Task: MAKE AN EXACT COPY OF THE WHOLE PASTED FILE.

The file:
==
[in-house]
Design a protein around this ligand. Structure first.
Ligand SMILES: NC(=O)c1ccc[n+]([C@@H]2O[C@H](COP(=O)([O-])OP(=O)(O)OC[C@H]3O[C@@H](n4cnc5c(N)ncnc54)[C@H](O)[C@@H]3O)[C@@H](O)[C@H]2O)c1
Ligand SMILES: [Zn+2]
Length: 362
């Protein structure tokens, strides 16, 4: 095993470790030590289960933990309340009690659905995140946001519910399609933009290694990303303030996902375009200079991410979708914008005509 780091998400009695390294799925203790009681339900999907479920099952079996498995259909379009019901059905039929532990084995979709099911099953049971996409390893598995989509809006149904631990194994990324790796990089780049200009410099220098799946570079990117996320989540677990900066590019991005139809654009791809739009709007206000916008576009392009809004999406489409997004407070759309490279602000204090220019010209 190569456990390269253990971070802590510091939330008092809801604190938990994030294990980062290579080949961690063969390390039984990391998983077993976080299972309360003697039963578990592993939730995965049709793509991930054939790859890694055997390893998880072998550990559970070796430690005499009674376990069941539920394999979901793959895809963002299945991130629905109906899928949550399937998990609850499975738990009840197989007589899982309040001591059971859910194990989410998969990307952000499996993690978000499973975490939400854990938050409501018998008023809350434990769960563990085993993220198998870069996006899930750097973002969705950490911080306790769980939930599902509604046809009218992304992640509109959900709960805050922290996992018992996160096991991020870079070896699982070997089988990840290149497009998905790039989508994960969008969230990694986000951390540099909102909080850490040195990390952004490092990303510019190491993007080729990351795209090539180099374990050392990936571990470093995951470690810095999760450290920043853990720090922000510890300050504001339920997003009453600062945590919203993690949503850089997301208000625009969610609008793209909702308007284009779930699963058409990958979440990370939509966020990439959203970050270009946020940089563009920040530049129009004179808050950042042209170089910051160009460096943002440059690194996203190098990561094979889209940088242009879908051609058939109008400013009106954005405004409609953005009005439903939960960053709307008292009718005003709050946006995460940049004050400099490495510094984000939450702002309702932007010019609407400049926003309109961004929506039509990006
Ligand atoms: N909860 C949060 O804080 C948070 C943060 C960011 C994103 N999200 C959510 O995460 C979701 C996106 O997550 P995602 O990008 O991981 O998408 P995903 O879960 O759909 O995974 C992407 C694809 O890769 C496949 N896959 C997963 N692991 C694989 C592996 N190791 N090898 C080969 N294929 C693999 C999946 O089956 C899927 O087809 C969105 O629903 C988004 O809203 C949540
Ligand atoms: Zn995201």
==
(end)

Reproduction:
[in-house]
Design a protein around this ligand. Structure first.
Ligand SMILES: NC(=O)c1ccc[n+]([C@@H]2O[C@H](COP(=O)([O-])OP(=O)(O)OC[C@H]3O[C@@H](n4cnc5c(N)ncnc54)[C@H](O)[C@@H]3O)[C@@H](O)[C@H]2O)c1
Ligand SMILES: [Zn+2]
Length: 362
């Protein structure tokens, strides 16, 4: 095993470790030590289960933990309340009690659905995140946001519910399609933009290694990303303030996902375009200079991410979708914008005509 780091998400009695390294799925203790009681339900999907479920099952079996498995259909379009019901059905039929532990084995979709099911099953049971996409390893598995989509809006149904631990194994990324790796990089780049200009410099220098799946570079990117996320989540677990900066590019991005139809654009791809739009709007206000916008576009392009809004999406489409997004407070759309490279602000204090220019010209 190569456990390269253990971070802590510091939330008092809801604190938990994030294990980062290579080949961690063969390390039984990391998983077993976080299972309360003697039963578990592993939730995965049709793509991930054939790859890694055997390893998880072998550990559970070796430690005499009674376990069941539920394999979901793959895809963002299945991130629905109906899928949550399937998990609850499975738990009840197989007589899982309040001591059971859910194990989410998969990307952000499996993690978000499973975490939400854990938050409501018998008023809350434990769960563990085993993220198998870069996006899930750097973002969705950490911080306790769980939930599902509604046809009218992304992640509109959900709960805050922290996992018992996160096991991020870079070896699982070997089988990840290149497009998905790039989508994960969008969230990694986000951390540099909102909080850490040195990390952004490092990303510019190491993007080729990351795209090539180099374990050392990936571990470093995951470690810095999760450290920043853990720090922000510890300050504001339920997003009453600062945590919203993690949503850089997301208000625009969610609008793209909702308007284009779930699963058409990958979440990370939509966020990439959203970050270009946020940089563009920040530049129009004179808050950042042209170089910051160009460096943002440059690194996203190098990561094979889209940088242009879908051609058939109008400013009106954005405004409609953005009005439903939960960053709307008292009718005003709050946006995460940049004050400099490495510094984000939450702002309702932007010019609407400049926003309109961004929506039509990006
Ligand atoms: N909860 C949060 O804080 C948070 C943060 C960011 C994103 N999200 C959510 O995460 C979701 C996106 O997550 P995602 O990008 O991981 O998408 P995903 O879960 O759909 O995974 C992407 C694809 O890769 C496949 N896959 C997963 N692991 C694989 C592996 N190791 N090898 C080969 N294929 C693999 C999946 O089956 C899927 O087809 C969105 O629903 C988004 O809203 C949540
Ligand atoms: Zn995201």